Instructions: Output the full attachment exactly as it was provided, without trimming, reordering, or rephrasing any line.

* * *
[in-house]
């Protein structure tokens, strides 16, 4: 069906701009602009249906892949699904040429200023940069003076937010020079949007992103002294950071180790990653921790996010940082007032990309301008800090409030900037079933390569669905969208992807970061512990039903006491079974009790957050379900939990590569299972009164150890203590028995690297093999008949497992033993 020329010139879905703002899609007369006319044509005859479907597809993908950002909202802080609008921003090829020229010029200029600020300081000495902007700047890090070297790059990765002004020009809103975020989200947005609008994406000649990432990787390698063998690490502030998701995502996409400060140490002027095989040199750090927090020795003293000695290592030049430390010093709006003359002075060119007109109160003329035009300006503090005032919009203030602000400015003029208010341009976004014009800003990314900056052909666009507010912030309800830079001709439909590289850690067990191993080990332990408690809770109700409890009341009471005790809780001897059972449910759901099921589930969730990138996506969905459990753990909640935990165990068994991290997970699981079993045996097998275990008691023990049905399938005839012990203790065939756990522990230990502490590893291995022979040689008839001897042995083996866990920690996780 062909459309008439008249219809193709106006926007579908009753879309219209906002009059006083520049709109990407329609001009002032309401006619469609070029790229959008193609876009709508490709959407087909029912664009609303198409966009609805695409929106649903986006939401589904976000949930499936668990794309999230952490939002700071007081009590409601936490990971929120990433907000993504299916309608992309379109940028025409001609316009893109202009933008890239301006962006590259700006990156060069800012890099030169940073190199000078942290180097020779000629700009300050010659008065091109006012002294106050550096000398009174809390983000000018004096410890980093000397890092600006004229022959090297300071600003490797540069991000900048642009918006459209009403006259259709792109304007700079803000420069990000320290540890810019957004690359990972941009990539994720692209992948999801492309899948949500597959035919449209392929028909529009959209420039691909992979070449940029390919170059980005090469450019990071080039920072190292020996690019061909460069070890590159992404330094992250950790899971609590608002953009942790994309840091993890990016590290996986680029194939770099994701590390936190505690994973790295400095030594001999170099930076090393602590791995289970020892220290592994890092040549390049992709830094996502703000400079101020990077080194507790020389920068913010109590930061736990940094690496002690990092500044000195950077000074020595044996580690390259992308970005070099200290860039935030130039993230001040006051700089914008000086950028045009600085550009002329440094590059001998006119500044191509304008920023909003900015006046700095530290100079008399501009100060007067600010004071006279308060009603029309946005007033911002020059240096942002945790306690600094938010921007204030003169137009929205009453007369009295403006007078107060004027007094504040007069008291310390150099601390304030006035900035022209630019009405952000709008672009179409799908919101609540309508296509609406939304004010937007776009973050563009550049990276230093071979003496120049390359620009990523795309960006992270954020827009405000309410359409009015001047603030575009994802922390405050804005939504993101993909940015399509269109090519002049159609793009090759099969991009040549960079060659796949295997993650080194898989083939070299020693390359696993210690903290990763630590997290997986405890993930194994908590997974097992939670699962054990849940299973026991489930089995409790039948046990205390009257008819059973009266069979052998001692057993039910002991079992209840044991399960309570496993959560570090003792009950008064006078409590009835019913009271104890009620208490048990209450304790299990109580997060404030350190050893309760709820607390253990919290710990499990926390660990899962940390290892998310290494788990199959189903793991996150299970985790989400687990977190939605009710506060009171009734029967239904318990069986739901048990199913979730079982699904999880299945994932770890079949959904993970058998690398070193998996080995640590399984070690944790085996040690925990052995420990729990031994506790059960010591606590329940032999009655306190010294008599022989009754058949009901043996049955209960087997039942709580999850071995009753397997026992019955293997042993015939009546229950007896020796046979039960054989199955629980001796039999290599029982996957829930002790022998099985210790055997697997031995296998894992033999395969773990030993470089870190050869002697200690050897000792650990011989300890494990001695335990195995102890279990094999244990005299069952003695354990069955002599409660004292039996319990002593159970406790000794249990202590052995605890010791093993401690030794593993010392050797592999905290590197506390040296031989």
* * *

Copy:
[in-house]
């Protein structure tokens, strides 16, 4: 069906701009602009249906892949699904040429200023940069003076937010020079949007992103002294950071180790990653921790996010940082007032990309301008800090409030900037079933390569669905969208992807970061512990039903006491079974009790957050379900939990590569299972009164150890203590028995690297093999008949497992033993 020329010139879905703002899609007369006319044509005859479907597809993908950002909202802080609008921003090829020229010029200029600020300081000495902007700047890090070297790059990765002004020009809103975020989200947005609008994406000649990432990787390698063998690490502030998701995502996409400060140490002027095989040199750090927090020795003293000695290592030049430390010093709006003359002075060119007109109160003329035009300006503090005032919009203030602000400015003029208010341009976004014009800003990314900056052909666009507010912030309800830079001709439909590289850690067990191993080990332990408690809770109700409890009341009471005790809780001897059972449910759901099921589930969730990138996506969905459990753990909640935990165990068994991290997970699981079993045996097998275990008691023990049905399938005839012990203790065939756990522990230990502490590893291995022979040689008839001897042995083996866990920690996780 062909459309008439008249219809193709106006926007579908009753879309219209906002009059006083520049709109990407329609001009002032309401006619469609070029790229959008193609876009709508490709959407087909029912664009609303198409966009609805695409929106649903986006939401589904976000949930499936668990794309999230952490939002700071007081009590409601936490990971929120990433907000993504299916309608992309379109940028025409001609316009893109202009933008890239301006962006590259700006990156060069800012890099030169940073190199000078942290180097020779000629700009300050010659008065091109006012002294106050550096000398009174809390983000000018004096410890980093000397890092600006004229022959090297300071600003490797540069991000900048642009918006459209009403006259259709792109304007700079803000420069990000320290540890810019957004690359990972941009990539994720692209992948999801492309899948949500597959035919449209392929028909529009959209420039691909992979070449940029390919170059980005090469450019990071080039920072190292020996690019061909460069070890590159992404330094992250950790899971609590608002953009942790994309840091993890990016590290996986680029194939770099994701590390936190505690994973790295400095030594001999170099930076090393602590791995289970020892220290592994890092040549390049992709830094996502703000400079101020990077080194507790020389920068913010109590930061736990940094690496002690990092500044000195950077000074020595044996580690390259992308970005070099200290860039935030130039993230001040006051700089914008000086950028045009600085550009002329440094590059001998006119500044191509304008920023909003900015006046700095530290100079008399501009100060007067600010004071006279308060009603029309946005007033911002020059240096942002945790306690600094938010921007204030003169137009929205009453007369009295403006007078107060004027007094504040007069008291310390150099601390304030006035900035022209630019009405952000709008672009179409799908919101609540309508296509609406939304004010937007776009973050563009550049990276230093071979003496120049390359620009990523795309960006992270954020827009405000309410359409009015001047603030575009994802922390405050804005939504993101993909940015399509269109090519002049159609793009090759099969991009040549960079060659796949295997993650080194898989083939070299020693390359696993210690903290990763630590997290997986405890993930194994908590997974097992939670699962054990849940299973026991489930089995409790039948046990205390009257008819059973009266069979052998001692057993039910002991079992209840044991399960309570496993959560570090003792009950008064006078409590009835019913009271104890009620208490048990209450304790299990109580997060404030350190050893309760709820607390253990919290710990499990926390660990899962940390290892998310290494788990199959189903793991996150299970985790989400687990977190939605009710506060009171009734029967239904318990069986739901048990199913979730079982699904999880299945994932770890079949959904993970058998690398070193998996080995640590399984070690944790085996040690925990052995420990729990031994506790059960010591606590329940032999009655306190010294008599022989009754058949009901043996049955209960087997039942709580999850071995009753397997026992019955293997042993015939009546229950007896020796046979039960054989199955629980001796039999290599029982996957829930002790022998099985210790055997697997031995296998894992033999395969773990030993470089870190050869002697200690050897000792650990011989300890494990001695335990195995102890279990094999244990005299069952003695354990069955002599409660004292039996319990002593159970406790000794249990202590052995605890010791093993401690030794593993010392050797592999905290590197506390040296031989």